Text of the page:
Sunday, 14 October 2012

peacock feathers

Sometime in the late eighties I bought a 120cm square of Liberty fine wool in William Morris’s peacock feather design. I fringed the edges and gave it to my mother for Christmas as a shawl. When my mother died in February 1992 it came back to me along with her snow-grey wool coat. I wore them together and they warmed and comforted me through the rest of that sad, cold winter.

The years passed and the coat went to a charity shop and the shawl into a drawer.

A couple of years ago I visited the Welsh Quilt Centre in Lampeter, where there was an exhibition showcasing Victorian quilts made from Indian Paisley shawls. I came home inspired and rooted around to find whether I still had that shawl. After a few disappointing experiments of adding other fabrics to the Liberty square I eventually decided just to use the one piece of fabric, but to make it into a scarf that I could wear again.

I cut it in half and rejoined it to make a longer shape, then folded and seamed that long piece. I could have stopped there with a long scarf, but I still had the quilting idea in mind so decided simply to stitch the entire surface kantha-style. I used a variety of different hand embroidery threads in shades of blue and grey. It took a long time, but I am finally done – and wearing it.

I'm not sure what my mother would have thought of the process - she was an elegant woman and quite particular about the way clothes should be worn.  I'm happy, though, to have another turn at wearing something to remind me of her as she was before illness robbed her of speech and personality.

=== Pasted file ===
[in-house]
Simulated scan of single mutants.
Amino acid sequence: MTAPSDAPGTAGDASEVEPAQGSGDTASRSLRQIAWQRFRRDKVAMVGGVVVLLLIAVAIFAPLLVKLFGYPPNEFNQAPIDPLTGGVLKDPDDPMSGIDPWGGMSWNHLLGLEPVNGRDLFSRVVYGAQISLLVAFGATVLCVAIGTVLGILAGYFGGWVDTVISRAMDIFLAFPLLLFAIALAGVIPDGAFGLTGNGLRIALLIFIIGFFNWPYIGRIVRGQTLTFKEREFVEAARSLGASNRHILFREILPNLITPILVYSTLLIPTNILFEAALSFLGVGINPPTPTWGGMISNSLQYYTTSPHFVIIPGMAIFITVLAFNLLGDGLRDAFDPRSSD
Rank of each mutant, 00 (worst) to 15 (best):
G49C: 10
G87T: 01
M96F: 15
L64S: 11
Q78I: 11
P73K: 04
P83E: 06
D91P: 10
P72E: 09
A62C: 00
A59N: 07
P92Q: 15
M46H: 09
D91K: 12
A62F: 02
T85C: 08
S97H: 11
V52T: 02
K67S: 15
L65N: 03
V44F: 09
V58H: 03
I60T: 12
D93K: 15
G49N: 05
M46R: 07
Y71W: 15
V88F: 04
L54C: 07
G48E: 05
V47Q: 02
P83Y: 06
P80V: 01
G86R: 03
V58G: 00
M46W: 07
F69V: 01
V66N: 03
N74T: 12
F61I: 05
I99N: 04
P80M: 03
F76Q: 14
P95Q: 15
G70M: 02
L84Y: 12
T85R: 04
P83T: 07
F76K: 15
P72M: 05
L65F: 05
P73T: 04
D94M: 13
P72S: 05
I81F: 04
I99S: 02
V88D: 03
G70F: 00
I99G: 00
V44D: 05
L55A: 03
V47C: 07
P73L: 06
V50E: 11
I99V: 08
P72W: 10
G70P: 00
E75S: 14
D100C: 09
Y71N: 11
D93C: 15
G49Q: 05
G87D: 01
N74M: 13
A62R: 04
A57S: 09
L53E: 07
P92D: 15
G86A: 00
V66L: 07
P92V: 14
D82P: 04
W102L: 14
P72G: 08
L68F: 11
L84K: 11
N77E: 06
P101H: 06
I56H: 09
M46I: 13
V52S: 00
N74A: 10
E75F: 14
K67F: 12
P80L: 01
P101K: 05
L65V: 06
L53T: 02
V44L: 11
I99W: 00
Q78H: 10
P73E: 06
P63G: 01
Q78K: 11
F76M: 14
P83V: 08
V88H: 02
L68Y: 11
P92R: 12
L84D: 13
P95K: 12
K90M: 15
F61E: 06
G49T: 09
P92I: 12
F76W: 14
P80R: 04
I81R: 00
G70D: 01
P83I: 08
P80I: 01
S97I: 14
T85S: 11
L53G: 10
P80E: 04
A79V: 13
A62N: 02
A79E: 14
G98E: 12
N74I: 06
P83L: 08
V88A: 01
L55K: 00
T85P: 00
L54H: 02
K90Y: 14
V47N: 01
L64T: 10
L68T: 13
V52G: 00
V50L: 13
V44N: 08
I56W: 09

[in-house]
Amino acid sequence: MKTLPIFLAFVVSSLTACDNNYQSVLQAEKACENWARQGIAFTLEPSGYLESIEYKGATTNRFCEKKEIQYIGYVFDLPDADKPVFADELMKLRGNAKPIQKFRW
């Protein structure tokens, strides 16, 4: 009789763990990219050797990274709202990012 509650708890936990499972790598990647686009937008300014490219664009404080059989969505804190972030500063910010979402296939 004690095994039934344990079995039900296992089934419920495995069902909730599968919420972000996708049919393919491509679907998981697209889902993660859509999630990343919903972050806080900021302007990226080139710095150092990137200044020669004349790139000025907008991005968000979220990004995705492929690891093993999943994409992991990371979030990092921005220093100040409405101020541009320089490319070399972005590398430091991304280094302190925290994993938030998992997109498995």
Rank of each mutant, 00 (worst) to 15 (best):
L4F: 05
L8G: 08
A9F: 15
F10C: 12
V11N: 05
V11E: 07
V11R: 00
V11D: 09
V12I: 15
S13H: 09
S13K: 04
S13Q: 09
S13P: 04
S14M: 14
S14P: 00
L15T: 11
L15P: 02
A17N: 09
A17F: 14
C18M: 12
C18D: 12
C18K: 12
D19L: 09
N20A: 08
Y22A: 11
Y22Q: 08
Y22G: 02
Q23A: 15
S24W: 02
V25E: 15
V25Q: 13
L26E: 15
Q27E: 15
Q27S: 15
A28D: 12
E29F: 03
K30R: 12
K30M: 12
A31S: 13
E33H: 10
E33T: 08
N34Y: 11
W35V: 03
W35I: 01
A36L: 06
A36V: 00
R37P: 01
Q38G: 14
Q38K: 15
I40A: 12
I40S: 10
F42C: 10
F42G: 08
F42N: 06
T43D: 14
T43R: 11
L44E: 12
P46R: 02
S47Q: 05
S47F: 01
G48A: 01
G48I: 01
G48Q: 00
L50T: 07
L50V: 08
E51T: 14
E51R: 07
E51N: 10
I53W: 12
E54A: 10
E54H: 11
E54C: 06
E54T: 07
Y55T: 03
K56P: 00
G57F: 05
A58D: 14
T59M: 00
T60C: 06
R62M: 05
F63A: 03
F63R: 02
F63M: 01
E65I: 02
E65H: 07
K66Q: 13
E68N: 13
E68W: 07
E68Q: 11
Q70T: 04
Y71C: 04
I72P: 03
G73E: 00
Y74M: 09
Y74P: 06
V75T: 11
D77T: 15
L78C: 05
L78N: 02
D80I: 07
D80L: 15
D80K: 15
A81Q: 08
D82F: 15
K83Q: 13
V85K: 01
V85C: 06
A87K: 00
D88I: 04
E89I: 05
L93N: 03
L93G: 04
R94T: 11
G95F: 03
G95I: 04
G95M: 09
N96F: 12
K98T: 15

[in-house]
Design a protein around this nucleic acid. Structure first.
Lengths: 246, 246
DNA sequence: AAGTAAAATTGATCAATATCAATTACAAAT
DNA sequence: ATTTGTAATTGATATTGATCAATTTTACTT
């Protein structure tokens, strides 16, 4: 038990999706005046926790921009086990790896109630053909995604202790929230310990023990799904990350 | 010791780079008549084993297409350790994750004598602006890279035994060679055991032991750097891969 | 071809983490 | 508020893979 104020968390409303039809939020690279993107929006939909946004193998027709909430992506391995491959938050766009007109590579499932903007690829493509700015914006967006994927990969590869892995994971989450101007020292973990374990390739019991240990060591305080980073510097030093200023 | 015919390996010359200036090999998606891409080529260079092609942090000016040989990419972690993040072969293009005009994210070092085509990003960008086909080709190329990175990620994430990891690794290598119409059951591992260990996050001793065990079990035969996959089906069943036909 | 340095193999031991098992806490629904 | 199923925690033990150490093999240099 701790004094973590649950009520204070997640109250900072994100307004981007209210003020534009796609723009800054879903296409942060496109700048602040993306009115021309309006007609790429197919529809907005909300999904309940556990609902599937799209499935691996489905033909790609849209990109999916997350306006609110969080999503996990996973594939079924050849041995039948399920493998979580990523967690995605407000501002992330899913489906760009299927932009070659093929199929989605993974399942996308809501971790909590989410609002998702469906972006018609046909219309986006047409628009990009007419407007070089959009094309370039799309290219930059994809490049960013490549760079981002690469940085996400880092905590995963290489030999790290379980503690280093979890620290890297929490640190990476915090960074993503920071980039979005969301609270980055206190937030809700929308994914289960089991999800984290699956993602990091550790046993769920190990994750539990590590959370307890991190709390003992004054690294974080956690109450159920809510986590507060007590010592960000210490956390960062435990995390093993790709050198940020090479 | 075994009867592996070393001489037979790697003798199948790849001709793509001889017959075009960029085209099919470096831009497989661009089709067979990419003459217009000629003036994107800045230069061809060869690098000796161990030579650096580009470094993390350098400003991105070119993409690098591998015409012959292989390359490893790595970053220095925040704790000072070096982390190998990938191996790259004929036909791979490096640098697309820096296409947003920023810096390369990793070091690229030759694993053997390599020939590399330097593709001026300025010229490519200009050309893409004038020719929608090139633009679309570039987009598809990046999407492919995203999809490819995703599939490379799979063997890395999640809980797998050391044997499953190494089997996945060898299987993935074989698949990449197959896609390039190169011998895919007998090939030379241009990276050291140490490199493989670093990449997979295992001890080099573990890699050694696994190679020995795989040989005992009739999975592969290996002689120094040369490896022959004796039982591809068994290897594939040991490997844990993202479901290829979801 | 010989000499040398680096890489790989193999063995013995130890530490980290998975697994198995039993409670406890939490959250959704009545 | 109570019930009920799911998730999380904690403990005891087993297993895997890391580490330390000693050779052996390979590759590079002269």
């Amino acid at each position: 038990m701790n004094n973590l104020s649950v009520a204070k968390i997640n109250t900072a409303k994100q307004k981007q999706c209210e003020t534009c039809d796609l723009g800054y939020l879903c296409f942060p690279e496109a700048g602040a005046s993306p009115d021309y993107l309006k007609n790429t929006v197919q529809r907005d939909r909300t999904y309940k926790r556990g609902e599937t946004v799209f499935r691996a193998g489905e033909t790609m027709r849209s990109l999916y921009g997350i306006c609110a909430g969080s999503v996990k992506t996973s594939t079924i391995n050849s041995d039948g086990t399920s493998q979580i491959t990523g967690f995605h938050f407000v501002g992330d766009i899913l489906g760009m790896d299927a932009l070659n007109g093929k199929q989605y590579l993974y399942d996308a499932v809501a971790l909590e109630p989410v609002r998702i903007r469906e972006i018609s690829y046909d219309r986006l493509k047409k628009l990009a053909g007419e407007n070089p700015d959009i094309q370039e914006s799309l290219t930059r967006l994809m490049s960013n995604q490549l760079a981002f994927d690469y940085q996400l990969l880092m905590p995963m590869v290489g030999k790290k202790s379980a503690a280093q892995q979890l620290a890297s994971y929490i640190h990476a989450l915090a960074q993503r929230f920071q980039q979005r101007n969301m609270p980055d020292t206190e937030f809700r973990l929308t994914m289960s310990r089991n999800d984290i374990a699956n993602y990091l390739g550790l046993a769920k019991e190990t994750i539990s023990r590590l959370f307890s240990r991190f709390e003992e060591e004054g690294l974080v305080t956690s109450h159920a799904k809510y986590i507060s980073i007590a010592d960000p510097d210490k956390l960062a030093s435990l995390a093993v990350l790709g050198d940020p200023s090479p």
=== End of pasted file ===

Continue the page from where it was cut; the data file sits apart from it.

Friday, 12 October 2012

squeeze them till the pips squeak

I noticed recently that Carluccio's were heavily promoting their own brand lemon oil (made by crushing whole lemons with the oil) and it reminded me that I hadn't made any lemon and rosemary flavoured oil for a while.  The version I make comes from a Good Housekeeping recipe from a few years back and is very simply made.

On Wednesday I assembled the ingredients: 2 litres of extra virgin olive oil, four sturdy sprigs of rosemary from the garden, the finely peeled outer skin of two lemons and a few juniper berries. (Plus a few sterilised bottles). Ideally the lemon peel should be a single long curl that can be wrapped spirally around the sprig of rosemary and inserted into the bottle, but this is easier said than done; the lemon peel sometimes breaks off before you want it to and even when you do get a long strip and wrap it carefully inserting it into the bottle then causes a collapse!  I have, in the past, achieved a couple of specimens with the perfect appearance, but not on this occasion.  They still look pretty though and after a week or two for the flavours to develop this oil will be delicious for dipping and drizzling (at a fraction of the cost of commercially prepared flavoured oil).